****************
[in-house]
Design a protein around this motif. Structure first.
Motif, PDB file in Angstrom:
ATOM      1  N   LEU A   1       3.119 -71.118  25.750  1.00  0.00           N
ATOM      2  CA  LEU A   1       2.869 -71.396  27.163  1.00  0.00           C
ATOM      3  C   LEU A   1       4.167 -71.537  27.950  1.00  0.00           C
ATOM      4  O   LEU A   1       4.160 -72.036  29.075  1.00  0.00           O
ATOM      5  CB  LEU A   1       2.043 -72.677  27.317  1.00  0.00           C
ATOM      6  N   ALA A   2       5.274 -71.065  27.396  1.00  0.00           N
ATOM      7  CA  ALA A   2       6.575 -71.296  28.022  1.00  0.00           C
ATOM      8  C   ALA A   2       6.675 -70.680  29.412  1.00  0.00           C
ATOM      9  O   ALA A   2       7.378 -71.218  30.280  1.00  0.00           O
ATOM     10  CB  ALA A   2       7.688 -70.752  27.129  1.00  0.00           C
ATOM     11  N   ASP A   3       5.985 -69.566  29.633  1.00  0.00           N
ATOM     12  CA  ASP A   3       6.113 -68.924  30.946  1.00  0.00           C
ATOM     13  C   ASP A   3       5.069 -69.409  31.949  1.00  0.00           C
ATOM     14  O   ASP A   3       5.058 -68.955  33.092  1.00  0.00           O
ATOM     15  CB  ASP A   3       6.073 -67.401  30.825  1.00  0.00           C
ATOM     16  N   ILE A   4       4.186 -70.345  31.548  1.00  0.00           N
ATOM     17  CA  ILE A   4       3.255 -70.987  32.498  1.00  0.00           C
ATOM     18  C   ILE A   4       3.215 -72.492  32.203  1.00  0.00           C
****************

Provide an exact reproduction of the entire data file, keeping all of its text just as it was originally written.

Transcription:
[in-house]
Design a protein around this motif. Structure first.
Motif, PDB file in Angstrom:
ATOM      1  N   LEU A   1       3.119 -71.118  25.750  1.00  0.00           N
ATOM      2  CA  LEU A   1       2.869 -71.396  27.163  1.00  0.00           C
ATOM      3  C   LEU A   1       4.167 -71.537  27.950  1.00  0.00           C
ATOM      4  O   LEU A   1       4.160 -72.036  29.075  1.00  0.00           O
ATOM      5  CB  LEU A   1       2.043 -72.677  27.317  1.00  0.00           C
ATOM      6  N   ALA A   2       5.274 -71.065  27.396  1.00  0.00           N
ATOM      7  CA  ALA A   2       6.575 -71.296  28.022  1.00  0.00           C
ATOM      8  C   ALA A   2       6.675 -70.680  29.412  1.00  0.00           C
ATOM      9  O   ALA A   2       7.378 -71.218  30.280  1.00  0.00           O
ATOM     10  CB  ALA A   2       7.688 -70.752  27.129  1.00  0.00           C
ATOM     11  N   ASP A   3       5.985 -69.566  29.633  1.00  0.00           N
ATOM     12  CA  ASP A   3       6.113 -68.924  30.946  1.00  0.00           C
ATOM     13  C   ASP A   3       5.069 -69.409  31.949  1.00  0.00           C
ATOM     14  O   ASP A   3       5.058 -68.955  33.092  1.00  0.00           O
ATOM     15  CB  ASP A   3       6.073 -67.401  30.825  1.00  0.00           C
ATOM     16  N   ILE A   4       4.186 -70.345  31.548  1.00  0.00           N
ATOM     17  CA  ILE A   4       3.255 -70.987  32.498  1.00  0.00           C
ATOM     18  C   ILE A   4       3.215 -72.492  32.203  1.00  0.00           C